EduardoS77 (author)bkejji2017-09-06

OTG cable let you have a USB host port on your phone.

There you can plug a Memory stick , a external HD or, as in this case, a serial port.

That way you can monitor any serial trafic directly

author
bkejji (author)EduardoS772017-09-06

Thanx.

author
hsedidin (author)2017-09-03

What are the white connectors?

author
FlyingDrMike (author)hsedidin2017-09-03

See the text. Connection 3:


  • Connect the other ends of the two resistors together, and to the Rx pin on the Bluetooth module

Mike

author
hsedidin (author)FlyingDrMike2017-09-03

I was referring to the white cable in the photo under step 4

author
FlyingDrMike (author)hsedidin2017-09-04

Same thing. It is one wire. It does not connect to anything else. Mike

author
hsedidin (author)FlyingDrMike2017-09-05

Where can I purchase the white alligator clip connector?

author
FlyingDrMike (author)hsedidin2017-09-05

I got mine as a set including leads around 30 years ago! I could only find the clips. You will need to solder them to wires. Mine originally had 7x0.2mm core wire but I am now upgrading to 24AWG silicone wire. Connectors on ebay: search for 192065395156 , for silicone wire search on 24AWG silicone (you may wish to just use any wire you already have instead). Mike

author
snoop911 (author)2017-08-31

I have an old Microchip RN240M bluetooth (slave) that I'd love to control from my phone.. however the dongle only supports Bluetooth 2.0 SPP, do you think Androids with the latest bluetooth 5 will work with it?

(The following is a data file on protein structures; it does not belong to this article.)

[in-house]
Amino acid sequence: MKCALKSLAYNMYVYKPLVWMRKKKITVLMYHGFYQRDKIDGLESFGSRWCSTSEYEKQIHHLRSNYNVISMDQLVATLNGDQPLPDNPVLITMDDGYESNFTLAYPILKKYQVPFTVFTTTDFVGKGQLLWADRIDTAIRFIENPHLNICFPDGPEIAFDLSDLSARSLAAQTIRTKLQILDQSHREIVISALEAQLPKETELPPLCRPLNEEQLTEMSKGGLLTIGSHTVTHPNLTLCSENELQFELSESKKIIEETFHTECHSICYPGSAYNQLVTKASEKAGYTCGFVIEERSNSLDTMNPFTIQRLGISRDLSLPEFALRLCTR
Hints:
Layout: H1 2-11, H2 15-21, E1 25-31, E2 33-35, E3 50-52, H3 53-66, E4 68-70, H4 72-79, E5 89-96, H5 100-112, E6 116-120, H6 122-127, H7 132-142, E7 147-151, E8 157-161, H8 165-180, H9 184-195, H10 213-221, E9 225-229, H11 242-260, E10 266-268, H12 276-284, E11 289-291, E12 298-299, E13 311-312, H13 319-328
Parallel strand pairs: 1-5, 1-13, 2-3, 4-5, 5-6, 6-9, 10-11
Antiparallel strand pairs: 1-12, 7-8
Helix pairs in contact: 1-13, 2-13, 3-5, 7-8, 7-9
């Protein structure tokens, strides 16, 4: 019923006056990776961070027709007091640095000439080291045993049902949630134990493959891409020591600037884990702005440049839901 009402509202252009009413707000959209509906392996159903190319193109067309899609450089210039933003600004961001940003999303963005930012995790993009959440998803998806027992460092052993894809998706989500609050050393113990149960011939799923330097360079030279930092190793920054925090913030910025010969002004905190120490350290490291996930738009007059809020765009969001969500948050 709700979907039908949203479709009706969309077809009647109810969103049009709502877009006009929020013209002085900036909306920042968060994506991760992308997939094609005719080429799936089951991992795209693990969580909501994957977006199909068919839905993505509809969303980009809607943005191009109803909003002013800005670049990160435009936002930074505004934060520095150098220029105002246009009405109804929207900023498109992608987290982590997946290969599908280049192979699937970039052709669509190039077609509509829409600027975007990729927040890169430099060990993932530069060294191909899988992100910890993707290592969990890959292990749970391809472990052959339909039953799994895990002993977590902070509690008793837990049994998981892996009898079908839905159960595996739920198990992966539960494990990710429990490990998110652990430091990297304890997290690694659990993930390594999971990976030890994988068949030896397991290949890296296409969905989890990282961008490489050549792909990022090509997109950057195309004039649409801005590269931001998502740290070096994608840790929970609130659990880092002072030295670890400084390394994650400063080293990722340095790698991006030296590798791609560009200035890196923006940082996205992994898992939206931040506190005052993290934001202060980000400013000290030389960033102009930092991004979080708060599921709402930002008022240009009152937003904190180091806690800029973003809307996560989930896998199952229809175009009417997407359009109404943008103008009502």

I found an older open-source bluetooth app that might be perfect starting point!

http://aman-tugnawat.github.io/androbot/


author
FlyingDrMike (author)snoop9112017-09-03

Sorry for slow response I thought I had replied but maybe missed a button after entering the text. Yes I would expect your RN240 to work with BT5. My phone is BT4 and the HC-05/6 BT2. A quick search said BT5 is backwards compatible. I would power it up first. If your phone sees it then worth connecting the serial.

Mike

author
El Ape (author)2017-08-30

Great idea, going to try and see if I can get this working with the ESP8266, very hand for debugging deployed modules in my home automation setup

Thanks for sharing

author
FlyingDrMike (author)El Ape2017-08-31

Great. I have a couple of Sonoff switch modules on order and when my second Nodemcu arrives I will be in your tracks! I also saw that someone has a MQTT broker on a ESP32.

Just thought I should have mentioned that if you just want to monitor what is going on you only have to connect one wire (and power) - and the ESP second serial is out only anyway. Mike

author

One more - if you don't have 5v available it would be dead easy to short out the regulator on the bluetooth module to make it fully 3v3. Mike

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Bio: Engineer, retired. Have always had an interest in electronics, often related to radio control. This evolved into a part time business that I still practice ... More »